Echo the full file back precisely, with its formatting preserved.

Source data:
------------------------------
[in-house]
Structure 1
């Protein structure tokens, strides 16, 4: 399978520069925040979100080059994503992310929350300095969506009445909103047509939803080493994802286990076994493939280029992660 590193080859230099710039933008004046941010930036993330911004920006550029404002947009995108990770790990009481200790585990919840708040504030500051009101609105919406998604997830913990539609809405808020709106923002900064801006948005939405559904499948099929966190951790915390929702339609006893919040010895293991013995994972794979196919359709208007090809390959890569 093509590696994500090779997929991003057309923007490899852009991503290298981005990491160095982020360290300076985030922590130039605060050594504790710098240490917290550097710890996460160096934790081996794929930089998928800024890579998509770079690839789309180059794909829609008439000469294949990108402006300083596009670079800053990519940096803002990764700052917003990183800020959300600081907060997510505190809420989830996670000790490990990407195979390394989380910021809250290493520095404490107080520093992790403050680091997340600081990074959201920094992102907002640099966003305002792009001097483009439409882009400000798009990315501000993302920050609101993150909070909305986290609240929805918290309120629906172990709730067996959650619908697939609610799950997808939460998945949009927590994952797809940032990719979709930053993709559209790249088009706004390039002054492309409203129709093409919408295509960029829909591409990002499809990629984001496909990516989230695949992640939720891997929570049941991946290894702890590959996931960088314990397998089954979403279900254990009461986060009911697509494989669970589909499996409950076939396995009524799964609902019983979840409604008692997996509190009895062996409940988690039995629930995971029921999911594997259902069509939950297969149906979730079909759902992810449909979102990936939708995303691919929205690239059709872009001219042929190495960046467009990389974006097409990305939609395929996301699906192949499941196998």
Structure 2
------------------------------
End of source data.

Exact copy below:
[in-house]
Structure 1
């Protein structure tokens, strides 16, 4: 399978520069925040979100080059994503992310929350300095969506009445909103047509939803080493994802286990076994493939280029992660 590193080859230099710039933008004046941010930036993330911004920006550029404002947009995108990770790990009481200790585990919840708040504030500051009101609105919406998604997830913990539609809405808020709106923002900064801006948005939405559904499948099929966190951790915390929702339609006893919040010895293991013995994972794979196919359709208007090809390959890569 093509590696994500090779997929991003057309923007490899852009991503290298981005990491160095982020360290300076985030922590130039605060050594504790710098240490917290550097710890996460160096934790081996794929930089998928800024890579998509770079690839789309180059794909829609008439000469294949990108402006300083596009670079800053990519940096803002990764700052917003990183800020959300600081907060997510505190809420989830996670000790490990990407195979390394989380910021809250290493520095404490107080520093992790403050680091997340600081990074959201920094992102907002640099966003305002792009001097483009439409882009400000798009990315501000993302920050609101993150909070909305986290609240929805918290309120629906172990709730067996959650619908697939609610799950997808939460998945949009927590994952797809940032990719979709930053993709559209790249088009706004390039002054492309409203129709093409919408295509960029829909591409990002499809990629984001496909990516989230695949992640939720891997929570049941991946290894702890590959996931960088314990397998089954979403279900254990009461986060009911697509494989669970589909499996409950076939396995009524799964609902019983979840409604008692997996509190009895062996409940988690039995629930995971029921999911594997259902069509939950297969149906979730079909759902992810449909979102990936939708995303691919929205690239059709872009001219042929190495960046467009990389974006097409990305939609395929996301699906192949499941196998």
Structure 2